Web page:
I tend to agree with you at least in this neck of the woods you would be nuts to open up the inspection business. This area has over 6 months supply of homes listed just sitting. I am being told by a broker that 2 months is good. I will add we have not seen the remaining fall out of this. In this town alone I looked at the recent sales in the Sunday paper. Of all the homes, I took an intelligent guess at what could or may have been inspected (by the cost of the home). I came up with 6 homes and I inspected two of them. The math says 4 homes were left to split between the other 4 inspectors ( not to mention the ones located nearby). The three newest inspectors in this area are and have to be thinking they are toast. But then again when you see a constant drum beat in the newspaper ads saying “Be your own boss, make your own hours, become a home inspector in a fast growing field” some will go for it. I think its about a plan and equally about timing. I don’t care how much you know, or how good you are, you have to have a market.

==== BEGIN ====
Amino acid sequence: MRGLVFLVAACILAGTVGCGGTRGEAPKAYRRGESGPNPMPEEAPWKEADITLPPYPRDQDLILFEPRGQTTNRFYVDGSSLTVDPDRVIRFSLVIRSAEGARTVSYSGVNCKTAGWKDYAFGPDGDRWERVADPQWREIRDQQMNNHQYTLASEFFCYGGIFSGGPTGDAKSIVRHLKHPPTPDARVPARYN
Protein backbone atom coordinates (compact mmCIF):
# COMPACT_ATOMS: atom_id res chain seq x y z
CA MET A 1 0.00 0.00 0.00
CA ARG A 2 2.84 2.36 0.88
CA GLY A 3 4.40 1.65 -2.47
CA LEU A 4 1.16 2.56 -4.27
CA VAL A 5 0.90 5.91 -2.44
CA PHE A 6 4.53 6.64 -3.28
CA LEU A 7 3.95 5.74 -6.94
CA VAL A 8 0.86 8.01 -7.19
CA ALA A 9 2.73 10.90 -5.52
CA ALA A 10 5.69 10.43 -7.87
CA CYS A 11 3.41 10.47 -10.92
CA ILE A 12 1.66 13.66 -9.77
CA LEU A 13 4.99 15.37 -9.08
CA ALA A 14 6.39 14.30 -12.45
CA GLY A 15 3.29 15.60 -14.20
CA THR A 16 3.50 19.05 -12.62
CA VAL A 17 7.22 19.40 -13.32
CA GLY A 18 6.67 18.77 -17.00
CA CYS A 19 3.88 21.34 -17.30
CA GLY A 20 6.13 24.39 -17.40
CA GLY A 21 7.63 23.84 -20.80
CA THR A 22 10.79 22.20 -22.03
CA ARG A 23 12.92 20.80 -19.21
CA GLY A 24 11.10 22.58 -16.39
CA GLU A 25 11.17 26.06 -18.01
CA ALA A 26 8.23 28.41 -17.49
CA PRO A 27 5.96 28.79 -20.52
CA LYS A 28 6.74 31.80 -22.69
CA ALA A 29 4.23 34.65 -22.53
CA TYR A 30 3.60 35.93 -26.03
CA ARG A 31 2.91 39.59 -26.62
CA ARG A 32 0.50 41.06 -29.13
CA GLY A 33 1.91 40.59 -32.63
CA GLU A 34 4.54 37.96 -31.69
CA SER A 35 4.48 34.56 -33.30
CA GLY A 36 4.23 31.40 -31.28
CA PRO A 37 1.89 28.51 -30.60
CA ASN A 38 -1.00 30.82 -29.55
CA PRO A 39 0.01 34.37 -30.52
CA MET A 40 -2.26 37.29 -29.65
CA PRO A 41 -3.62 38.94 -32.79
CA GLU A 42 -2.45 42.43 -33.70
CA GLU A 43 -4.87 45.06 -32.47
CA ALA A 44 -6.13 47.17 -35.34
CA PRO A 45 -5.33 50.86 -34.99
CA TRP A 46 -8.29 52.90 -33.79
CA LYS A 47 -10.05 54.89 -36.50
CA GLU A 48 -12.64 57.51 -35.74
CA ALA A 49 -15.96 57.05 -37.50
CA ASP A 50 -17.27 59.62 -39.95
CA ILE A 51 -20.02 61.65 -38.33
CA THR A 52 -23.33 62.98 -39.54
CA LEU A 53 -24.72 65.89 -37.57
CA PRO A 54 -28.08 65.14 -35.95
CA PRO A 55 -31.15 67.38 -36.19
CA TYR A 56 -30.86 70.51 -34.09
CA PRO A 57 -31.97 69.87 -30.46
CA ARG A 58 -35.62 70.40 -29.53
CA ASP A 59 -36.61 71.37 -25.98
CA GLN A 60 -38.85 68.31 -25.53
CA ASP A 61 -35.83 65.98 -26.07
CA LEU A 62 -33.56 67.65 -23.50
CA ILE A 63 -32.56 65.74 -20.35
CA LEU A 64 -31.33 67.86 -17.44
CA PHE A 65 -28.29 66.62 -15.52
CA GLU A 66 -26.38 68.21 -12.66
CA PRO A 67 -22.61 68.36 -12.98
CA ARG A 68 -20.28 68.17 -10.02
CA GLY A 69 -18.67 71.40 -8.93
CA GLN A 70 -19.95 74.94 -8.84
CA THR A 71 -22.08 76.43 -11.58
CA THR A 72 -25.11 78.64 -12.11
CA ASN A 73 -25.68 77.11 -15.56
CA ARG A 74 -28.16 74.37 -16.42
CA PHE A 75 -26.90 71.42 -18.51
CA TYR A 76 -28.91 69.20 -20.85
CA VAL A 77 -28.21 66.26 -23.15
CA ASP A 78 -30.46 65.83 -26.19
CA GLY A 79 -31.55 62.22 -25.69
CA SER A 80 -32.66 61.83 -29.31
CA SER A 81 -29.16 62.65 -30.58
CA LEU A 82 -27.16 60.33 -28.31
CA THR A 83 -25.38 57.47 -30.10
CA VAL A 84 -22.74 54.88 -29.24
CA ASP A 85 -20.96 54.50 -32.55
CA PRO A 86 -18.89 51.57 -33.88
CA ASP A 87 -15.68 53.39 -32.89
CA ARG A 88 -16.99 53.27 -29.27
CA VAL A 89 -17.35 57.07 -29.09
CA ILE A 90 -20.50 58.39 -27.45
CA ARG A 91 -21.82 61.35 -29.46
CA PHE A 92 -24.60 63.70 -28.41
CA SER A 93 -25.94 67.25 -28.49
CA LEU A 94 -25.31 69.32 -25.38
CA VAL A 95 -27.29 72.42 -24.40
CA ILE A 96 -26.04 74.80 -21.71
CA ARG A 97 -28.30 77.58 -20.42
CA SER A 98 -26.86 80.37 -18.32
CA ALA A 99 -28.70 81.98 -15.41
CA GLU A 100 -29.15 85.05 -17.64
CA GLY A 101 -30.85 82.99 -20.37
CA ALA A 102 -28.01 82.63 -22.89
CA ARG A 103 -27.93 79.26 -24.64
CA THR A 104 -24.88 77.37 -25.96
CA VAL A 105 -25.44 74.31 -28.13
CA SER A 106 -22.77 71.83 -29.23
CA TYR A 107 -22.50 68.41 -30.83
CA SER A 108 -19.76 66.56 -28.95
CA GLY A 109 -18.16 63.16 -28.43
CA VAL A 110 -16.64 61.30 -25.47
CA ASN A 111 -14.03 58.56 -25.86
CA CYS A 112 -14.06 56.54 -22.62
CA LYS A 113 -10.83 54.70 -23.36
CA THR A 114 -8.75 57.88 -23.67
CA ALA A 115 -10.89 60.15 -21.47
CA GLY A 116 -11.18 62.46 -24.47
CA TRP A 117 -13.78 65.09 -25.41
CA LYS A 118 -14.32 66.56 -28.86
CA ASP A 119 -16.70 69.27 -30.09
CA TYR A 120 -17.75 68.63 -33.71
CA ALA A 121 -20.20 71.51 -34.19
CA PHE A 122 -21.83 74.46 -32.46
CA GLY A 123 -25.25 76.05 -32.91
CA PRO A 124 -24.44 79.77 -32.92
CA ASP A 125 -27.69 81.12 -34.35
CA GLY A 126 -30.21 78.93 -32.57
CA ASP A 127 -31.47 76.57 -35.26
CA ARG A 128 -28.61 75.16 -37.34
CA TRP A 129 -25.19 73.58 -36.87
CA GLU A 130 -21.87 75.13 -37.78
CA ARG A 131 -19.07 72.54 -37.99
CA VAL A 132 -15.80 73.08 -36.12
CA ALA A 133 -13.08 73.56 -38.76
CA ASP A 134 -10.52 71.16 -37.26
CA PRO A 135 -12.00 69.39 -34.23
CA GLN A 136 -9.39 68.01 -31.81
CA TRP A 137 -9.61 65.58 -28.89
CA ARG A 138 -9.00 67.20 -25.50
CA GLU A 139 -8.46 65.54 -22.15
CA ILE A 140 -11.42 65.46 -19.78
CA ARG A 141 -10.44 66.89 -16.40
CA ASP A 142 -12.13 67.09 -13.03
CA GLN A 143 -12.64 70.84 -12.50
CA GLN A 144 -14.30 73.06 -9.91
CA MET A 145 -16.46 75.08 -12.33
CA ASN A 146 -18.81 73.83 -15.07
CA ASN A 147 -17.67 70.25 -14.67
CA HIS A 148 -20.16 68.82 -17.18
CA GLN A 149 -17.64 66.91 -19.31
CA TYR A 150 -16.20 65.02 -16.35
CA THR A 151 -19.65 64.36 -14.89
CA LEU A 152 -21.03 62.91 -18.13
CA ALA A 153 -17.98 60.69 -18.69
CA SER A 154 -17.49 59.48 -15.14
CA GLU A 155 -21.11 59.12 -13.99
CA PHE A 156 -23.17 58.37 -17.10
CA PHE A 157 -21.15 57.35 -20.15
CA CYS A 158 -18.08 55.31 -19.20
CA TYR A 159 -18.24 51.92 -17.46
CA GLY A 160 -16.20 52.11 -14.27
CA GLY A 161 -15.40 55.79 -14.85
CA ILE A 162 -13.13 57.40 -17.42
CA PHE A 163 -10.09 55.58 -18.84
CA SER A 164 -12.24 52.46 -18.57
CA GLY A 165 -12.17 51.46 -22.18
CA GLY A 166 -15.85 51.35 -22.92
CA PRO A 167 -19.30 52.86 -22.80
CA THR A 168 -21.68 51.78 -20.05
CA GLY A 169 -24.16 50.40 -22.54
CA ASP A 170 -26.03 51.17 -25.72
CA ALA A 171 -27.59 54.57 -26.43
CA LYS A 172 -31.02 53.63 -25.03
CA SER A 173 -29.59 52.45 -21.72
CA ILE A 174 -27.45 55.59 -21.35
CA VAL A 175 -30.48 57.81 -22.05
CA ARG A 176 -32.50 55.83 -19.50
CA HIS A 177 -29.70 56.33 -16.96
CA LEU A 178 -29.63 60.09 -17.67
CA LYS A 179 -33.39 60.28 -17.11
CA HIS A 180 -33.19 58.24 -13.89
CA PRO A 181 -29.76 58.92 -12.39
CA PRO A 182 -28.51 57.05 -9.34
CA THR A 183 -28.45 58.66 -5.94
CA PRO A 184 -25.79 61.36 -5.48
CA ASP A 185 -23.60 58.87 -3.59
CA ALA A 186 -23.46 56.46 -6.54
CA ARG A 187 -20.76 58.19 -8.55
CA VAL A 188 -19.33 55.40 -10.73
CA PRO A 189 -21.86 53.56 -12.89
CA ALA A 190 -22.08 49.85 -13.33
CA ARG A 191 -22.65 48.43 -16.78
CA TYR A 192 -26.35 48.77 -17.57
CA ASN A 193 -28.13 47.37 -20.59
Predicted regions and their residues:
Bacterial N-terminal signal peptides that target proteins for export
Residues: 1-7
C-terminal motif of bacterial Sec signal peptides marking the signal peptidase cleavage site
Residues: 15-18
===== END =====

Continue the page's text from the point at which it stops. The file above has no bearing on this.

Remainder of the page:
Just a couple thoughts,

Sorry to hear the market is so bad in IL.

Funny, my number of inspections is already at 180% of last years, and I still have a month to go. My revenue is well over the 200%+ of last year, and unfortunately none of my competitors have dropped out yet:mrgreen:.

This is not an easy business, and I think it takes alot more business management and marketing efforts then most who come into it realize. That is why Joe’s advice to write a good business plan is key. I think most of those who are struggling are doing so because they have marketing plans that don’t work (or don’t include work).